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Brexit update: what now for corporate reporting?

Chris Smith Chris Smith

One month ago, the UK government ratified an EU-withdrawal agreement. Not much will change until the end of the transition period on 31 December 2020, after which the UK will either:

  • enter into a Free Trade Agreement (FTA) with the EU
  • leave with no trade deal and trade with the EU on World Trade Organisation (WTO) terms.

Management must continue to disclose the principal risks and uncertainties for their business arising from Brexit in their Strategic Report and to consider the implications for the financial statements. These disclosures will continue to be high on the Financial Reporting Council's (FRC) watchlist for the forthcoming reporting season and are likely to be scrutinised and challenged. Investors and other stakeholders increasingly expect to see an assessment of the impact of Brexit and a clear plan for readiness.

The financial reporting areas most affected by Brexit uncertainty post-transition period are those that rely on management forecasts. Broadly, these include, but are not limited to:

  • going concern; and, in the case of main-market listed companies, viability statements
  • principal risk and uncertainty disclosures
  • impairment of financial assets, non-financial assets and determination of recoverable amounts
  • fair value determination of assets and liabilities where there are limited or have no observable inputs (mainly level 3 and some level 2 fair values)
  • current and deferred tax assets and liabilities.

Below, we’ve explored some of the key points for management to consider on Brexit to meet their reporting responsibilities.

1 Measure exposure to Brexit

All entities will need to assess their exposure in the areas that may be affected by Brexit. Both during and, more particularly, beyond the transition period. High-level exposure assessment will likely be driven by the following:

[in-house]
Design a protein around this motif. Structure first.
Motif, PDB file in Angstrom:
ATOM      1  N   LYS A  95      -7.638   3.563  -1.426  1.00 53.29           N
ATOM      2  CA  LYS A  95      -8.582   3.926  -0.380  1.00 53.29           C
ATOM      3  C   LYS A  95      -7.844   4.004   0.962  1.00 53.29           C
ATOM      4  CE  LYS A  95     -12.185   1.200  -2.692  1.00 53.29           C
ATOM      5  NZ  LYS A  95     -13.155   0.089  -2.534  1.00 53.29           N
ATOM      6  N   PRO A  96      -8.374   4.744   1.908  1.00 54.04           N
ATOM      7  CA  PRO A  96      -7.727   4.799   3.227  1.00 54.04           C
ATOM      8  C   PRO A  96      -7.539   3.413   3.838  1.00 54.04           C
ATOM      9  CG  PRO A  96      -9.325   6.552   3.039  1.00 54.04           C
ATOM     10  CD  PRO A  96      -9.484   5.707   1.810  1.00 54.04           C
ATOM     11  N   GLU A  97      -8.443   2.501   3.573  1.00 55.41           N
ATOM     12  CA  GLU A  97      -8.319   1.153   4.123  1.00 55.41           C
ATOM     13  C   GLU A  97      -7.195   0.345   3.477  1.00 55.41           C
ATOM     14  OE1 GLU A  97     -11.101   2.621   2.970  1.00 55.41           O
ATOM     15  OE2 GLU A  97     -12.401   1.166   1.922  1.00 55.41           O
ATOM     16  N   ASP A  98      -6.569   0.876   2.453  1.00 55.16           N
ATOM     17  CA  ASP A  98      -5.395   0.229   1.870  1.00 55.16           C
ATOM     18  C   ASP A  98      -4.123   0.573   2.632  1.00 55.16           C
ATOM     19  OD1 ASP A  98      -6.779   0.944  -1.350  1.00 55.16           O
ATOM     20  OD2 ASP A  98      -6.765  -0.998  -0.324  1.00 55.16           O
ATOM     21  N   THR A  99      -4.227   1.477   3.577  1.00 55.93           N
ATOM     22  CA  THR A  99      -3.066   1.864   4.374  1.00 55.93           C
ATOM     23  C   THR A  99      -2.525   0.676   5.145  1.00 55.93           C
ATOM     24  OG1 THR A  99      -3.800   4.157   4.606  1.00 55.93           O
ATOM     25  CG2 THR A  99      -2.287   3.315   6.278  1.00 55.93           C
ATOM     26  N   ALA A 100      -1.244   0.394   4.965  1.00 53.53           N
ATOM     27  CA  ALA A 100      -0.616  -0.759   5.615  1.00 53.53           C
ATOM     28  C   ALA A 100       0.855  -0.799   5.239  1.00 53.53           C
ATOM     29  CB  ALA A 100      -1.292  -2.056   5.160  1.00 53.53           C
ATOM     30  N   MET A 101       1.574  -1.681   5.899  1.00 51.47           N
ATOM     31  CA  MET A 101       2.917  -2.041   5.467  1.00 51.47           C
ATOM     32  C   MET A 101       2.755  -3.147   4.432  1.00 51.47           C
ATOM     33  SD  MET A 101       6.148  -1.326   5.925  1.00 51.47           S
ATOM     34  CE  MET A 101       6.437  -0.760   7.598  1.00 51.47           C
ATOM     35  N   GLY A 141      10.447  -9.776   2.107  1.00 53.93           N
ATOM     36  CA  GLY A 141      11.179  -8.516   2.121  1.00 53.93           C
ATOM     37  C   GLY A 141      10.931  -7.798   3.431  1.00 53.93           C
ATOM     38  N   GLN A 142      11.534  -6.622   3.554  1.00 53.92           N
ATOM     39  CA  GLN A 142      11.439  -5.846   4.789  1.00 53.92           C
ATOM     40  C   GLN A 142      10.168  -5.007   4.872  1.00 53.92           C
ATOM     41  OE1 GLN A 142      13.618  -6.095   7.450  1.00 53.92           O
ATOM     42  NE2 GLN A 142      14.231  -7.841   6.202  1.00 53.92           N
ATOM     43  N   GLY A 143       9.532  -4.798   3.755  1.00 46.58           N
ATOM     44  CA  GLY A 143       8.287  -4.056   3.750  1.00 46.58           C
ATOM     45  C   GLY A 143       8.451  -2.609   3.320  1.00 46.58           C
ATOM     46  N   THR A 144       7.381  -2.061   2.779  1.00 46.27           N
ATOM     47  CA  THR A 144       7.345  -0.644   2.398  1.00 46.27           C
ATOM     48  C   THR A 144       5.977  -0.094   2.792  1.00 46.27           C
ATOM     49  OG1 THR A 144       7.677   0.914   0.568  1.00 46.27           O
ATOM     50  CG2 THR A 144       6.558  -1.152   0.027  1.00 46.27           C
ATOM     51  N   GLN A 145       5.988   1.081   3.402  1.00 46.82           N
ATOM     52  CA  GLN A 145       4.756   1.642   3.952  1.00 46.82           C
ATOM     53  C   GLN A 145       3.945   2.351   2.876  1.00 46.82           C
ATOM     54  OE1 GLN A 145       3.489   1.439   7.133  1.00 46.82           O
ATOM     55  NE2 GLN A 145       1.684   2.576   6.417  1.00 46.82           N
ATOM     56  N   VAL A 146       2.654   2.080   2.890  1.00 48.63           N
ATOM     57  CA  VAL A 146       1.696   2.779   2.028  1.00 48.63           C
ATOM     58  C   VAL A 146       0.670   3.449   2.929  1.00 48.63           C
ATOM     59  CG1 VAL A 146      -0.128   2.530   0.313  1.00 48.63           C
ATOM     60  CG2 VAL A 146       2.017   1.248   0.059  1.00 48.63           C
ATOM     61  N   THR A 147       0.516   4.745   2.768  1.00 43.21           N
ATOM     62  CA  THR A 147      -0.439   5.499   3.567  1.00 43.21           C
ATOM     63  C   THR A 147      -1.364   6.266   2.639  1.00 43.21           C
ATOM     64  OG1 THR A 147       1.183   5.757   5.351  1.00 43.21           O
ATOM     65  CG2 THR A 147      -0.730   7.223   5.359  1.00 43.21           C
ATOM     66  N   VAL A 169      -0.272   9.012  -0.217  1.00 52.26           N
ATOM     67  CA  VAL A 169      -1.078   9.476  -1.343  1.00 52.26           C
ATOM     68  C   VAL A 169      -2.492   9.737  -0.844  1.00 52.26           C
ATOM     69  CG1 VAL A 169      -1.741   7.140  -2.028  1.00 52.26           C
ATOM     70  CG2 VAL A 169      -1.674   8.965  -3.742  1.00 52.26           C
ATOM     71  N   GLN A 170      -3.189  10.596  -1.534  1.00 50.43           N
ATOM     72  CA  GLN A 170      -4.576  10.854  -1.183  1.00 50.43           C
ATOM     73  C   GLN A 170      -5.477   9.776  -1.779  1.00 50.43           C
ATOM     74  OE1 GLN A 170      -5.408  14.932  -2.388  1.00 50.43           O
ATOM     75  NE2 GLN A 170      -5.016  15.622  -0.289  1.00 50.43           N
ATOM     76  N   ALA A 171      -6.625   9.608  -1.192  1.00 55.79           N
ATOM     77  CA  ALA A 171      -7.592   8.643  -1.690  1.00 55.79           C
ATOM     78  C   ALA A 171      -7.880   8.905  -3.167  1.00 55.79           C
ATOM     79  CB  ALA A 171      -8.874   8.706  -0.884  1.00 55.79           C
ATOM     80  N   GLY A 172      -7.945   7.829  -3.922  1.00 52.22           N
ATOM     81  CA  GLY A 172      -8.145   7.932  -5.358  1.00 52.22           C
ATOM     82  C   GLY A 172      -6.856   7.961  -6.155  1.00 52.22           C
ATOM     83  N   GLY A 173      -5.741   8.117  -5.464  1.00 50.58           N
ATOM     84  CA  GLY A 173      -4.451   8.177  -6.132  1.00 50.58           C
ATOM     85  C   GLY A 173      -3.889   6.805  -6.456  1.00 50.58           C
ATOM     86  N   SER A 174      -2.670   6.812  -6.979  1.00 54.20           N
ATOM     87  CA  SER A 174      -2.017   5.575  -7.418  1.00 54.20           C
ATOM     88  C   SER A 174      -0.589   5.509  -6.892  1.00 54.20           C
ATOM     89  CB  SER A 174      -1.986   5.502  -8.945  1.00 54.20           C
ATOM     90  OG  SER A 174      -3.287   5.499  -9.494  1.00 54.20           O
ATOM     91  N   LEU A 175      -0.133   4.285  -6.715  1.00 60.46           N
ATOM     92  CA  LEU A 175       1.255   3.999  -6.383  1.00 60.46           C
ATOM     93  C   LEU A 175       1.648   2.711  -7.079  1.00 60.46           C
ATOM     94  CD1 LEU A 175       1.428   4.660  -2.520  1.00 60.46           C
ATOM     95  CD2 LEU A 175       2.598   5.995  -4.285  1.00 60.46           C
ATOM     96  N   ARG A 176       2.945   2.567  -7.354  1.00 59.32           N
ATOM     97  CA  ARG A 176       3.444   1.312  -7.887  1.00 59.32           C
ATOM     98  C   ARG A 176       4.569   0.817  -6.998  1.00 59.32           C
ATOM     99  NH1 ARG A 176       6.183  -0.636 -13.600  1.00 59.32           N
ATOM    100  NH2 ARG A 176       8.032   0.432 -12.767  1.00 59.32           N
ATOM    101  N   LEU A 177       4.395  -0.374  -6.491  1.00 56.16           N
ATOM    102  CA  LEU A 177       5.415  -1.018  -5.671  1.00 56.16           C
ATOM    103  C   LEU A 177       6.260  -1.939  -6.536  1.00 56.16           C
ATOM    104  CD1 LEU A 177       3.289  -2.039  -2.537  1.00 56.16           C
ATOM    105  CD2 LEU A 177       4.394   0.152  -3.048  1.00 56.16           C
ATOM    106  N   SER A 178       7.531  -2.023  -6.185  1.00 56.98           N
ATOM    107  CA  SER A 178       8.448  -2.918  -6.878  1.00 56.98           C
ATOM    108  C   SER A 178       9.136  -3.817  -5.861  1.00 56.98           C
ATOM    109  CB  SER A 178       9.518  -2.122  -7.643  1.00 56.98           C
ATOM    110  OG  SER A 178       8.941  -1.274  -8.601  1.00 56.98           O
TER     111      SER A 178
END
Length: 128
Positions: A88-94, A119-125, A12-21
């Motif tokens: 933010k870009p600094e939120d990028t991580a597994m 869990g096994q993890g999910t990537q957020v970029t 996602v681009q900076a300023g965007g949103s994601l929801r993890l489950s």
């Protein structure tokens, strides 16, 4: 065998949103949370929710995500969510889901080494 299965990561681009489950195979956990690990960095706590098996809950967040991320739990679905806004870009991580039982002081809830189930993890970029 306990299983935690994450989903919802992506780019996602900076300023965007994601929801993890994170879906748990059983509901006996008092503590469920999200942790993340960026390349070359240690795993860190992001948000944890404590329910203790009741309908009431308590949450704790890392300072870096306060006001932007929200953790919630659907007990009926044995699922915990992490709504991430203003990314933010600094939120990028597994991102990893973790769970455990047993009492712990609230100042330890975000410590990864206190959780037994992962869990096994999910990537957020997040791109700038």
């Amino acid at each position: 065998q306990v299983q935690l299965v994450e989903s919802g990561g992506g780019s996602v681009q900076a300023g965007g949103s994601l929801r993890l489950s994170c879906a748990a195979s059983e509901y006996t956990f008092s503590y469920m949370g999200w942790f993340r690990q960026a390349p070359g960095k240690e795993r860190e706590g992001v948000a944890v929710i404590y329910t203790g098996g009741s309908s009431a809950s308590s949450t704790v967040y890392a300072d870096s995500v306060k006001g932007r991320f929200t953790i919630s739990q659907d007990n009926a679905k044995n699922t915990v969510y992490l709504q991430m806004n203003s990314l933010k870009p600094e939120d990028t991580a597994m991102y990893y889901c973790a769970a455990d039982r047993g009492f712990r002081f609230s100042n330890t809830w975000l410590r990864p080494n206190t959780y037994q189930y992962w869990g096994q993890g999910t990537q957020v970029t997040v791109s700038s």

During transition period

  • Broader economic conditions arising from Withdrawal Agreement
  • Reliance on EU trade agreements for access to third country markets and other EU international agreements
  • Exposure to EU jurisdictions where UK entities fall outside the scope of certain domestic tax law provisions
  • Exposure to EU/US tax treaties

Post transition period

  • Broader economic conditions arising from a trade deal or no-trade-deal Brexit
  • Changes to the regulatory environment in which the entity operates resulting from a trade deal or no-trade-deal Brexit (including legal, data, product conformity, tax and customs)
  • Reliance on European customers and markets (including wider EEA and custom union with Turkey)
  • Reliance on European suppliers and supply chain (including wider EEA and custom union with Turkey)
  • Short- and long-term changes to logistics and distribution
  • Reliance on EU trade agreements for access to third country markets and other EU international agreements
  • Reliance on European workforce
  • Reliance on European financing, either commercial or grant funding

2 Scenario analysis

The key challenge for reporting in relation to Brexit is the uncertainty surrounding whether a long-term trade deal will be ratified before the end of the transition period and what effect this will have on the regulatory and economic environment in the UK. For example, what will happen to UK companies with cross-border operations in the EU should there be no trade deal?